Children’s Physical Activity Behavior during School Recess: A Pilot Study Using GPS, Accelerometer, Participant Observation, and Go-Along Interview

Research output: Contribution to conference without publisher/journalConference abstract for conferenceResearchpeer-review

Abstract

Schoolyards are recognized as important settings for physical activity interventions during recess. However, varying results have been reported. This pilot study was conducted to gain in-depth knowledge of children’s physical activity behavior during recess using a mixed-methods approach combining quantitative GPS and accelerometer measurements with qualitative go-along group interviews and participant observations. Data were collected during three weekdays in a public school in Denmark. Eighty-one children (47 girls) wore an accelerometer (ActiGraph GT3X) and GPS (QStarz BT-Q1000xt), sixteen children participated in go-along group interviews, and recess behavior was observed using an ethnographical participant observation approach. All data were analyzed separated sys- tematically answering the Five W Questions. Children were categorized into Low, Middle and High physical activity groups and these groups were predominantly staying in three dif- ferent locations during recess: school building, schoolyard and field, respectively. Mostly girls were in the building remaining in there because of a perceived lack of attractive outdoor play facilities. The children in the schoolyard were predominantly girls who preferred the schoolyard over the field to avoid the competitive soccer games on the field whereas boys dominated the field playing soccer. Using a mixed-methods approach to investigate chil- dren’s physical activity behavior during recess helped gain in-depth knowledge that can aid development of future interventions in the school environment.
Original languageEnglish
Publication date3. Jun 2015
Publication statusPublished - 3. Jun 2015
Event2015 Annual Meeting The International Society of Behavioral Nutrition and Physical Activity (ISBNPA) - Edinburg, United Kingdom
Duration: 3. Jun 20156. Jun 2015

Conference

Conference2015 Annual Meeting The International Society of Behavioral Nutrition and Physical Activity (ISBNPA)
CountryUnited Kingdom
CityEdinburg
Period03/06/201506/06/2015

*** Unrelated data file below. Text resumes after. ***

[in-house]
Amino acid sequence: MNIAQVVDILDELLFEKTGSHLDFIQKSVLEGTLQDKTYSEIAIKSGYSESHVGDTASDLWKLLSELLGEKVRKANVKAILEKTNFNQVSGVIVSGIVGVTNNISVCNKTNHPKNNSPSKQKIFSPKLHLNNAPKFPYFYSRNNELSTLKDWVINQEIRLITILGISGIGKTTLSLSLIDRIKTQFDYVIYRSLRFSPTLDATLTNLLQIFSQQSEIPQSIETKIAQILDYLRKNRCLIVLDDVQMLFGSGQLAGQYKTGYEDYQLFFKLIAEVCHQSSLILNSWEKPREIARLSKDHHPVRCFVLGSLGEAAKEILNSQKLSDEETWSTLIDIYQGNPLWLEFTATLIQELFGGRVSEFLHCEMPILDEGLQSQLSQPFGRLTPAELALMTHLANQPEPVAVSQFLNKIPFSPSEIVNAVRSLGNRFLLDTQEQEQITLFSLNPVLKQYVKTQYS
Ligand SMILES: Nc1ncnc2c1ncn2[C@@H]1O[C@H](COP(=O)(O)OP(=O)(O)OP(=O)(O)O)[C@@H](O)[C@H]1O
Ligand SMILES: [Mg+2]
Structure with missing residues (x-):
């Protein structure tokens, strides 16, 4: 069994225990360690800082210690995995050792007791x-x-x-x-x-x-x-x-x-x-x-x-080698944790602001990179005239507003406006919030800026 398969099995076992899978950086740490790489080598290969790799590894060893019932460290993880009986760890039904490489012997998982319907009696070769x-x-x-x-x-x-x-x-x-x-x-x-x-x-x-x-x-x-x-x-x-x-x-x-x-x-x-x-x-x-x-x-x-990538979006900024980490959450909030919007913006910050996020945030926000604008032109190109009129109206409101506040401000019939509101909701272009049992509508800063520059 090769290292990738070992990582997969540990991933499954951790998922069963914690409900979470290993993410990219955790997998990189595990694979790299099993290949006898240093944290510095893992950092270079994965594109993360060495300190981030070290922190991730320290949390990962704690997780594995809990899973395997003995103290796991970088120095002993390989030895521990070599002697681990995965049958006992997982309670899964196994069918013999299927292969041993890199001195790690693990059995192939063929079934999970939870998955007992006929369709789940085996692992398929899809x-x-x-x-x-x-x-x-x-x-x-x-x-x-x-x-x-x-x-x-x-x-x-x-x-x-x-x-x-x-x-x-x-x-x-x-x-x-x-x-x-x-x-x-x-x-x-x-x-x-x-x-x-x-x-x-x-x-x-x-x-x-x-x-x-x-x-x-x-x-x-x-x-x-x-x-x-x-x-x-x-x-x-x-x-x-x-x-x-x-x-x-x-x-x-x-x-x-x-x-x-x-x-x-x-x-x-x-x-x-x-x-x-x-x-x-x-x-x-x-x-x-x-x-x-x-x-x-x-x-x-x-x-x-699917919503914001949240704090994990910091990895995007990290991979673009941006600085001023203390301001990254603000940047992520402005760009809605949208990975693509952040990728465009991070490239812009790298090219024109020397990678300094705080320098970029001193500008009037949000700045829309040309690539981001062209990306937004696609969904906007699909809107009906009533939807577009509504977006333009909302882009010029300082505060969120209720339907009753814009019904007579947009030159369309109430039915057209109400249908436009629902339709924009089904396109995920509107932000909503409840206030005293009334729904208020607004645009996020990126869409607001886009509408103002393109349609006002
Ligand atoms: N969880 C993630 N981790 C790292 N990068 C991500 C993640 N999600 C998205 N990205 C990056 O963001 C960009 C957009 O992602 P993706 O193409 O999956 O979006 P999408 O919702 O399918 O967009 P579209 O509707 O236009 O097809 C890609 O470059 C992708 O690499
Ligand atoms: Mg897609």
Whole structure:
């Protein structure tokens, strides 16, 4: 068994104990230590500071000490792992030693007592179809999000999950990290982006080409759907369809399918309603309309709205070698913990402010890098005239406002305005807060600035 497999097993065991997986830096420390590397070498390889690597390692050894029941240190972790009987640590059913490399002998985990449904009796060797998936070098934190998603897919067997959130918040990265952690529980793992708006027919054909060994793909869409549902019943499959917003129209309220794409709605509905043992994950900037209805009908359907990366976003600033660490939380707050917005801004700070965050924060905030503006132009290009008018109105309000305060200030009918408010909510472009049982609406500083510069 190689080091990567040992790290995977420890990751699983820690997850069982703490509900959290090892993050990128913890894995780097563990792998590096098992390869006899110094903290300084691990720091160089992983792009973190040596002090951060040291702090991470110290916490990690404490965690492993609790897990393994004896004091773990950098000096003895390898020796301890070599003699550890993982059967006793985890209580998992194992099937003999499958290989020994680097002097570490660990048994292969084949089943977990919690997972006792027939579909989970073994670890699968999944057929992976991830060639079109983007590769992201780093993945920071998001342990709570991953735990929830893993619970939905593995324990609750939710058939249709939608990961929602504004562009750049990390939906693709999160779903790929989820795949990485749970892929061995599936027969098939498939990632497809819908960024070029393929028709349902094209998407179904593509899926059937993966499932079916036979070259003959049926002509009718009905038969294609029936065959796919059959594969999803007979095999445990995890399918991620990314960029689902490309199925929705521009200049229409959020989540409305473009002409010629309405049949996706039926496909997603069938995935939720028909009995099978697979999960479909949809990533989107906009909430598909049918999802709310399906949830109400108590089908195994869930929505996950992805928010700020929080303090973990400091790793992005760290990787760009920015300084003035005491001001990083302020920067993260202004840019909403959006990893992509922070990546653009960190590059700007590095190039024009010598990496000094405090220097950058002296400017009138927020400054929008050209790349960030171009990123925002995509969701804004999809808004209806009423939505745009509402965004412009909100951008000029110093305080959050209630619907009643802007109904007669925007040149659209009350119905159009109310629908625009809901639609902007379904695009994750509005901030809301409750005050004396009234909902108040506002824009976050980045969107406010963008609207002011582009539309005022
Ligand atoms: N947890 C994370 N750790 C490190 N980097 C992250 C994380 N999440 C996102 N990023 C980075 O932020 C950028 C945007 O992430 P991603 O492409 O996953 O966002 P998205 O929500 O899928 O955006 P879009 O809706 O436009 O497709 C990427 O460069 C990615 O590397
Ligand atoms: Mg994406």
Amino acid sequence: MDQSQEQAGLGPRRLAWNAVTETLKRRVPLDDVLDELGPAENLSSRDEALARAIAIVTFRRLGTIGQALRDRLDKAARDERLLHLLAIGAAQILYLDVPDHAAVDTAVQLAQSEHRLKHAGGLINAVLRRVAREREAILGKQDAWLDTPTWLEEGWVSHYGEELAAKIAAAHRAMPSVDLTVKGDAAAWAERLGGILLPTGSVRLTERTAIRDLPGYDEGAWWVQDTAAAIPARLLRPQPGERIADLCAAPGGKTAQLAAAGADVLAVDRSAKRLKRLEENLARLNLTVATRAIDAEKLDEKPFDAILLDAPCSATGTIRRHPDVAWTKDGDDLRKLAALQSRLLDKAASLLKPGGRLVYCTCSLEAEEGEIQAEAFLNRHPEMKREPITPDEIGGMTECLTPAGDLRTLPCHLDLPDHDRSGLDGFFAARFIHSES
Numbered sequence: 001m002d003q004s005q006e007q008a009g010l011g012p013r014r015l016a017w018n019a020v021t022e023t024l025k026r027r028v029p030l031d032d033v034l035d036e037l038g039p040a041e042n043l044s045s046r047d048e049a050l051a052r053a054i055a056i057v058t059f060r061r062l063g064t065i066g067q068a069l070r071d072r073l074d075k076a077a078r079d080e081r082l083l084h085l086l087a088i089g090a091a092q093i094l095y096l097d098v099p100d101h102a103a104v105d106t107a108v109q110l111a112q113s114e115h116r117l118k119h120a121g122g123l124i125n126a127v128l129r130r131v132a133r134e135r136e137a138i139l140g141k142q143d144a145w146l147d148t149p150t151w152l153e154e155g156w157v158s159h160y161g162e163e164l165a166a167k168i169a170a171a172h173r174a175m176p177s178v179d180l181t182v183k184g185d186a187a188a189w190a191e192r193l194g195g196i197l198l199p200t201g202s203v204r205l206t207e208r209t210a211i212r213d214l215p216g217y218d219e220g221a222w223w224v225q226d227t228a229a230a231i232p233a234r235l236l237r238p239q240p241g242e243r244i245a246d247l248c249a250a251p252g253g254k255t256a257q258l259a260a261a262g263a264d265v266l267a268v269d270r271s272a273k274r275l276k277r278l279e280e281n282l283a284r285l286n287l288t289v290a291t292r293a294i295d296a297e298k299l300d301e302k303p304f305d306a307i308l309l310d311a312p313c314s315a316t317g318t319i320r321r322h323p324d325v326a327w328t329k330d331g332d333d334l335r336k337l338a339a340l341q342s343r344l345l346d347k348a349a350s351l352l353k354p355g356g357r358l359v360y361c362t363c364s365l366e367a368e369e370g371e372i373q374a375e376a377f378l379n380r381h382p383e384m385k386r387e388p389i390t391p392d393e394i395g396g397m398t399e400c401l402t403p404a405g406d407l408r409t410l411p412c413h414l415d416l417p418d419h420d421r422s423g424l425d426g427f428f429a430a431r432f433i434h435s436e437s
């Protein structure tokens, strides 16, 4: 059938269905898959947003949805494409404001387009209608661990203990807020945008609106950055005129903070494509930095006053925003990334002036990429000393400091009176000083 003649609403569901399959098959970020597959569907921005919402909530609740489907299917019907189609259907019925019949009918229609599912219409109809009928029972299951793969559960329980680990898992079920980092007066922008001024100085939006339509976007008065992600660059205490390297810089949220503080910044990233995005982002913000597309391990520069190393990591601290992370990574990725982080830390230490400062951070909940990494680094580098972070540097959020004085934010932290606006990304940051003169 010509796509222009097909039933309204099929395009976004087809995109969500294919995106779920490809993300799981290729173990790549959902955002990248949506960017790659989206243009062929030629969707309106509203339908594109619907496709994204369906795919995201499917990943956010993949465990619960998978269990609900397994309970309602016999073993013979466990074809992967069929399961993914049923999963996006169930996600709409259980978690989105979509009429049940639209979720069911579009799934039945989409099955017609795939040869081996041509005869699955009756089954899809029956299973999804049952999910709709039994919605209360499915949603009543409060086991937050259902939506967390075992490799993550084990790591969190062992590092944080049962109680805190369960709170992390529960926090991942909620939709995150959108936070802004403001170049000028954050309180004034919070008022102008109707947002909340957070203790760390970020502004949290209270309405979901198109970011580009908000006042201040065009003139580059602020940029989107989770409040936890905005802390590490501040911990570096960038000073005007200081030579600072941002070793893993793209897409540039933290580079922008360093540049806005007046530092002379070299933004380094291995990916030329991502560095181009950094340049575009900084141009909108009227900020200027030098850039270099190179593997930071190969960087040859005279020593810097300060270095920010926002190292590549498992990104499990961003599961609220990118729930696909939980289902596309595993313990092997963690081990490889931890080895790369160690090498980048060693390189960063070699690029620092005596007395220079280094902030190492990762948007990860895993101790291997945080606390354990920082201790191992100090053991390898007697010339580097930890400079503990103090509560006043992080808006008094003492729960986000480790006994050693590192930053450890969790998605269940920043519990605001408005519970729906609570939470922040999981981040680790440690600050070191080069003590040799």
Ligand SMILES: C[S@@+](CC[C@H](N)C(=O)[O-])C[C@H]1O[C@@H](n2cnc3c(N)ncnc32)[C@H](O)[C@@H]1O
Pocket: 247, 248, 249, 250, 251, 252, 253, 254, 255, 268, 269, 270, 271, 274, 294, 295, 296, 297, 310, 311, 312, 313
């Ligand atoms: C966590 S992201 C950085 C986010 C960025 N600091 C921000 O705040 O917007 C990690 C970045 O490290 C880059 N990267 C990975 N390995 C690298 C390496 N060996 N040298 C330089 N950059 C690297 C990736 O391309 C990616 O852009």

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Observation
Interviews
Exercise
Soccer
Denmark

Cite this

Pawlowski, C. S., Andersen, H. B., Troelsen, J., & Schipperijn, J. (2015). Children’s Physical Activity Behavior during School Recess: A Pilot Study Using GPS, Accelerometer, Participant Observation, and Go-Along Interview. Abstract from 2015 Annual Meeting The International Society of Behavioral Nutrition and Physical Activity (ISBNPA), Edinburg, United Kingdom.
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title = "Children’s Physical Activity Behavior during School Recess: A Pilot Study Using GPS, Accelerometer, Participant Observation, and Go-Along Interview",
abstract = "Schoolyards are recognized as important settings for physical activity interventions during recess. However, varying results have been reported. This pilot study was conducted to gain in-depth knowledge of children’s physical activity behavior during recess using a mixed-methods approach combining quantitative GPS and accelerometer measurements with qualitative go-along group interviews and participant observations. Data were collected during three weekdays in a public school in Denmark. Eighty-one children (47 girls) wore an accelerometer (ActiGraph GT3X) and GPS (QStarz BT-Q1000xt), sixteen children participated in go-along group interviews, and recess behavior was observed using an ethnographical participant observation approach. All data were analyzed separated sys- tematically answering the Five W Questions. Children were categorized into Low, Middle and High physical activity groups and these groups were predominantly staying in three dif- ferent locations during recess: school building, schoolyard and field, respectively. Mostly girls were in the building remaining in there because of a perceived lack of attractive outdoor play facilities. The children in the schoolyard were predominantly girls who preferred the schoolyard over the field to avoid the competitive soccer games on the field whereas boys dominated the field playing soccer. Using a mixed-methods approach to investigate chil- dren’s physical activity behavior during recess helped gain in-depth knowledge that can aid development of future interventions in the school environment.",